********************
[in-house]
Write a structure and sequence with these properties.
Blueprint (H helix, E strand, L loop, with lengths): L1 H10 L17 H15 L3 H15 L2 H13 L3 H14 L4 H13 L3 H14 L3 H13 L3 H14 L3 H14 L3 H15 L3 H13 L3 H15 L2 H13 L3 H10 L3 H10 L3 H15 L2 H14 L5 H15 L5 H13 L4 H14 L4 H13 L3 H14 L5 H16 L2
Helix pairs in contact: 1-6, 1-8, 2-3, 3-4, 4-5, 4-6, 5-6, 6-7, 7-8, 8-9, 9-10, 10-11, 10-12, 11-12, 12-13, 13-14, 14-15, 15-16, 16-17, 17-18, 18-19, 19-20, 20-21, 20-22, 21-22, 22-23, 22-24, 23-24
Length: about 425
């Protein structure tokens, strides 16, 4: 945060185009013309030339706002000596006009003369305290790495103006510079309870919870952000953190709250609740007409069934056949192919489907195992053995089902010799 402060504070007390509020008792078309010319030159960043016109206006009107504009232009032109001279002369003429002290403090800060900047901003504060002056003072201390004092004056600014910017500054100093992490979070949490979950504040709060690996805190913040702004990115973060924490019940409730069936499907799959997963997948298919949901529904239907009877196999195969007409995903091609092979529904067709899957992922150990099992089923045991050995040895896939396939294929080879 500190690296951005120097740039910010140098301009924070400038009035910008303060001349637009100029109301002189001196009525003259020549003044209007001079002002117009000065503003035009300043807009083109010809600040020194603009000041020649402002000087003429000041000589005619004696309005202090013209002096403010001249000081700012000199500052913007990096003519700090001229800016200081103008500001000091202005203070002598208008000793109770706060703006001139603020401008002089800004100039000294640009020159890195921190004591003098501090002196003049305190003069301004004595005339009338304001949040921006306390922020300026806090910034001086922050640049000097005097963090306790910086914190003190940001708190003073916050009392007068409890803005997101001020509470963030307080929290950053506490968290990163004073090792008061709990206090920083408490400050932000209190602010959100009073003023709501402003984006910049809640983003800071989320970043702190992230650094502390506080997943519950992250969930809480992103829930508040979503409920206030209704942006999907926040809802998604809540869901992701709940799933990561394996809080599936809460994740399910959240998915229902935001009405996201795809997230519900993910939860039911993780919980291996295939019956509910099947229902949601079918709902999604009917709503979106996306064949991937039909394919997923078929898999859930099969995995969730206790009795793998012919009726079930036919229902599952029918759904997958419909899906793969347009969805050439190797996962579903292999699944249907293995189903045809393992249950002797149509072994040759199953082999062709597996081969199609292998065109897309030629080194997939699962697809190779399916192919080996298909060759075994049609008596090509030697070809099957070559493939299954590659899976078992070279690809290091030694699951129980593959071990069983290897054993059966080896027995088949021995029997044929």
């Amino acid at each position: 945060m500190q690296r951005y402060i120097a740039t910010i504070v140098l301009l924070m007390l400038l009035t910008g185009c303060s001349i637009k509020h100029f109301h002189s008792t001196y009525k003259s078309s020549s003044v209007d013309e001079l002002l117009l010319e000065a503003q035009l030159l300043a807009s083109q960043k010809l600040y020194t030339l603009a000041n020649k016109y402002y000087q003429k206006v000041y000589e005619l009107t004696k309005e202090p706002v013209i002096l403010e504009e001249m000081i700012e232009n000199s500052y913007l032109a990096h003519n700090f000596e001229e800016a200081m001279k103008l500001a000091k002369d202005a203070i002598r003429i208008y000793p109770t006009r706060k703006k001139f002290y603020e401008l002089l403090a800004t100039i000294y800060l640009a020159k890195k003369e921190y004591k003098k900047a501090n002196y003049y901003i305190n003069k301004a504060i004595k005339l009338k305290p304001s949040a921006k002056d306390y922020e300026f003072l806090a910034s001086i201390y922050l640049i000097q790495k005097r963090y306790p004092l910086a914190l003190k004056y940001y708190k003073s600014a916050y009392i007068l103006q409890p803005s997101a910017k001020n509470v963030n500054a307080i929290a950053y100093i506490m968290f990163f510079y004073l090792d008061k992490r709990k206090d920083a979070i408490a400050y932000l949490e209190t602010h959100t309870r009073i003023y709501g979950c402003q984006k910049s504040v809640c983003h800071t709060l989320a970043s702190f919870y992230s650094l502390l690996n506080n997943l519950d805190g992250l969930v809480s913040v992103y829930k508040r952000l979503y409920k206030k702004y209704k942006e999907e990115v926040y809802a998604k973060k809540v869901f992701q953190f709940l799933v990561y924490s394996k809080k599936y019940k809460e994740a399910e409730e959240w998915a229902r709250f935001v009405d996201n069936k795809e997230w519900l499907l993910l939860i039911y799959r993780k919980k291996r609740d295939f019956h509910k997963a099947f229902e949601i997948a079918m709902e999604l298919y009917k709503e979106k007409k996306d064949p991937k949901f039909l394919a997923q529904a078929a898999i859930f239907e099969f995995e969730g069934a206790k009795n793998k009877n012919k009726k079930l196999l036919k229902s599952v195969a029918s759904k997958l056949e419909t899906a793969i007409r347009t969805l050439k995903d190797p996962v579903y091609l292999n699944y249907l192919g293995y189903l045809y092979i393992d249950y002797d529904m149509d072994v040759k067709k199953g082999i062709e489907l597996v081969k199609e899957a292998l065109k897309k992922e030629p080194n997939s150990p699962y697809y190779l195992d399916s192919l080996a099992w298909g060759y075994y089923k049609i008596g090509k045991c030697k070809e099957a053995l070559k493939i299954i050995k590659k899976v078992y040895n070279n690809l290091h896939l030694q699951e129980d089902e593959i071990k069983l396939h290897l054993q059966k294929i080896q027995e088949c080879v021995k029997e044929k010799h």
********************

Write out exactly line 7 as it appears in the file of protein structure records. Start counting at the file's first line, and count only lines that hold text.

């Amino acid at each position: 945060m500190q690296r951005y402060i120097a740039t910010i504070v140098l301009l924070m007390l400038l009035t910008g185009c303060s001349i637009k509020h100029f109301h002189s008792t001196y009525k003259s078309s020549s003044v209007d013309e001079l002002l117009l010319e000065a503003q035009l030159l300043a807009s083109q960043k010809l600040y020194t030339l603009a000041n020649k016109y402002y000087q003429k206006v000041y000589e005619l009107t004696k309005e202090p706002v013209i002096l403010e504009e001249m000081i700012e232009n000199s500052y913007l032109a990096h003519n700090f000596e001229e800016a200081m001279k103008l500001a000091k002369d202005a203070i002598r003429i208008y000793p109770t006009r706060k703006k001139f002290y603020e401008l002089l403090a800004t100039i000294y800060l640009a020159k890195k003369e921190y004591k003098k900047a501090n002196y003049y901003i305190n003069k301004a504060i004595k005339l009338k305290p304001s949040a921006k002056d306390y922020e300026f003072l806090a910034s001086i201390y922050l640049i000097q790495k005097r963090y306790p004092l910086a914190l003190k004056y940001y708190k003073s600014a916050y009392i007068l103006q409890p803005s997101a910017k001020n509470v963030n500054a307080i929290a950053y100093i506490m968290f990163f510079y004073l090792d008061k992490r709990k206090d920083a979070i408490a400050y932000l949490e209190t602010h959100t309870r009073i003023y709501g979950c402003q984006k910049s504040v809640c983003h800071t709060l989320a970043s702190f919870y992230s650094l502390l690996n506080n997943l519950d805190g992250l969930v809480s913040v992103y829930k508040r952000l979503y409920k206030k702004y209704k942006e999907e990115v926040y809802a998604k973060k809540v869901f992701q953190f709940l799933v990561y924490s394996k809080k599936y019940k809460e994740a399910e409730e959240w998915a229902r709250f935001v009405d996201n069936k795809e997230w519900l499907l993910l939860i039911y799959r993780k919980k291996r609740d295939f019956h509910k997963a099947f229902e949601i997948a079918m709902e999604l298919y009917k709503e979106k007409k996306d064949p991937k949901f039909l394919a997923q529904a078929a898999i859930f239907e099969f995995e969730g069934a206790k009795n793998k009877n012919k009726k079930l196999l036919k229902s599952v195969a029918s759904k997958l056949e419909t899906a793969i007409r347009t969805l050439k995903d190797p996962v579903y091609l292999n699944y249907l192919g293995y189903l045809y092979i393992d249950y002797d529904m149509d072994v040759k067709k199953g082999i062709e489907l597996v081969k199609e899957a292998l065109k897309k992922e030629p080194n997939s150990p699962y697809y190779l195992d399916s192919l080996a099992w298909g060759y075994y089923k049609i008596g090509k045991c030697k070809e099957a053995l070559k493939i299954i050995k590659k899976v078992y040895n070279n690809l290091h896939l030694q699951e129980d089902e593959i071990k069983l396939h290897l054993q059966k294929i080896q027995e088949c080879v021995k029997e044929k010799h």